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FPL rate fight goes back to the state Supreme Court

A battle about a 2021 settlement that increased base electric rates for Florida Power & Light has returned to the state Supreme Court.

Lawyers for a coalition of groups last week filed a notice that is an initial step in appealing a March order by the Florida Public Service Commission that renewed approval of the sprawling settlement.

The notice, filed by lawyers from the Earthjustice legal organization on behalf of the groups Florida Rising, the Environmental Confederation of Southwest Florida, and the League of United Latin American Citizens of Florida, is the latest twist in a years-long battle.

The coalition and another organization, Floridians Against Increased Rates, filed Supreme Court challenges after the Public Service Commission approved the settlement in 2021. In a somewhat unusual move, the Supreme Court last year sent the case back to the commission because justices said the regulatory panel had not shown why the settlement “is in the public interest and results in rates that are fair, just and reasonable.”

The commission responded in March by issuing a more extensive order backing the settlement, justifying issues ranging from how much profit FPL can earn to paying for solar-energy projects.

READ MORE: Florida ranked 8th for highest electric bills across the U.S. in 2022, according to a study

The notice of appeal filed this week, as is common, does not detail issues the opponents will raise at the Supreme Court. But as an example of issues that have been at play, the groups’ lawyers in February unsuccessfully sought an evidentiary hearing at the Public Service Commission about FPL’s performance in meeting energy-efficiency goals under a state law known as the Florida Energy Efficiency and Conservation Act.

The motion for a hearing cited arguments the groups had made earlier about issues such as the size of the rate increases included in the settlement. But it also argued that “FPL’s failure to fulfill its FEECA (Florida Energy Efficiency and Conservation Act) goals — placing FPL far below much smaller utilities in energy savings — also weighs against approval of the settlement.”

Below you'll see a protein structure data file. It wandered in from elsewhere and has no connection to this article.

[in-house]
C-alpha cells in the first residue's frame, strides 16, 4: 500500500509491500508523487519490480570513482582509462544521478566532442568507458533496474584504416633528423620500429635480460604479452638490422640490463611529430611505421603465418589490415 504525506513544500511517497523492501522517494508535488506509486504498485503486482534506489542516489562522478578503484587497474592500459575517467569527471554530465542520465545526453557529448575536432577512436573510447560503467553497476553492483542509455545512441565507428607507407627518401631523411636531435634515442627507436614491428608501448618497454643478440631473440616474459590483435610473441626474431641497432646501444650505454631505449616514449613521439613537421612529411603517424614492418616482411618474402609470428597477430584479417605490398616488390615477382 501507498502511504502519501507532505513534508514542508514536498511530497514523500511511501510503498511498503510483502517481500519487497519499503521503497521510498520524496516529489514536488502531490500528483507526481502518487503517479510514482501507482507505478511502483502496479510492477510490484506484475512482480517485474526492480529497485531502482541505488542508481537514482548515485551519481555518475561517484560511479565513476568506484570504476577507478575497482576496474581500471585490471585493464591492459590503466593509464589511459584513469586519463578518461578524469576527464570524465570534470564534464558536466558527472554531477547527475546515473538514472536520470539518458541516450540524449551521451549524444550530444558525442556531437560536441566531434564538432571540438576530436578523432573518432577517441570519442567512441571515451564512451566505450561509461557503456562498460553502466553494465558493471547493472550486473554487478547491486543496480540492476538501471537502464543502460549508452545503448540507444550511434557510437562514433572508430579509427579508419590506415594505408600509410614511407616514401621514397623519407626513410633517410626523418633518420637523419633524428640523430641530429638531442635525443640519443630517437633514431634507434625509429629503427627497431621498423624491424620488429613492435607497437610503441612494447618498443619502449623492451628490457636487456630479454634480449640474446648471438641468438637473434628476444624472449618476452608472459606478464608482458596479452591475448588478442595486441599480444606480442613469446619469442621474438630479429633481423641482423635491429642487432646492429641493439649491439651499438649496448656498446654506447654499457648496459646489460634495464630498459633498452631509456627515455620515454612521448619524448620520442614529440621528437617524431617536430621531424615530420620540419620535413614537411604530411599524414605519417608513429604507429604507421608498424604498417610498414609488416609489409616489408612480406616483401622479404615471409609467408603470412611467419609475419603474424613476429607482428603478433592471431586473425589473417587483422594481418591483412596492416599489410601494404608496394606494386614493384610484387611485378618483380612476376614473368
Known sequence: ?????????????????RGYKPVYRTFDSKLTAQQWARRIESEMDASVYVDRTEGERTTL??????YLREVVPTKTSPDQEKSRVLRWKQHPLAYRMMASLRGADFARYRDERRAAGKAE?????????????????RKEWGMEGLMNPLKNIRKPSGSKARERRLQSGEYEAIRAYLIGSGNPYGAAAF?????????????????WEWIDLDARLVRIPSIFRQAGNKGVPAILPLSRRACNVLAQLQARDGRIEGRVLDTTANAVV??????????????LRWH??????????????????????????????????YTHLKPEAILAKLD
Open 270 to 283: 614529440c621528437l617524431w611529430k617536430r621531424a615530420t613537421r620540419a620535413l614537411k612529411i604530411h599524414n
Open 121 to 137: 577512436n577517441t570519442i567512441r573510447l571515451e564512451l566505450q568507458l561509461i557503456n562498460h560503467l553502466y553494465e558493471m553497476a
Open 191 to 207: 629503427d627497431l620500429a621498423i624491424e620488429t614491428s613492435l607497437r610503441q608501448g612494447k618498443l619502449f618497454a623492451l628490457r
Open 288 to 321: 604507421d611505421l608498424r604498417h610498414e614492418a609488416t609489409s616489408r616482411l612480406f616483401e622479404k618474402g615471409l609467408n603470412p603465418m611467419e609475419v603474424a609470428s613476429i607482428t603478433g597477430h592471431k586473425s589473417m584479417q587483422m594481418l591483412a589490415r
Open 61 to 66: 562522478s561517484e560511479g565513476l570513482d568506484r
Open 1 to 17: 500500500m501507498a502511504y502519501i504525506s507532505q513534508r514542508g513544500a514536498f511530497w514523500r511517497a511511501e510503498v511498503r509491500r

FPL reached the four-year settlement with the state Office of Public Counsel, which represents consumers in utility issues, and other parties including the Florida Retail Federation, the Florida Industrial Power Users Group, and the Southern Alliance for Clean Energy.

Base-rate issues are closely watched, as they involve billions of dollars, make up large portions of customers’ monthly bills, and help determine utilities’ profitability.

After approval by the commission, the FPL settlement led to a $692 million rate increase in January 2022 and another $560 million hike in 2023. The wide-ranging settlement also included such things as allowing increases in 2024 and 2025 to pay for solar-energy projects. FPL this week filed a proposal at the Public Service Commission that seeks a go-ahead for 12 new solar-energy facilities that would start operating in 2025 under the settlement.

In its revamped order last month, the commission concluded that the settlement was in the public interest.

“The preponderance of the evidence in this record demonstrates that the 2021 settlement agreement supports a multi-year rate plan, which in turn benefits customers and serves the public interest by providing long-term stability and predictability with respect to base rates,” the order said. “FPL is bringing an appreciable amount of renewable energy online … and has proposed additional programs to promote the development of future renewable energy resources consistent with legislative direction. FPL has built a system that consistently ranks near the top nationally for reliability. FPL residential customer rates remain among the lowest in the state and nation.”

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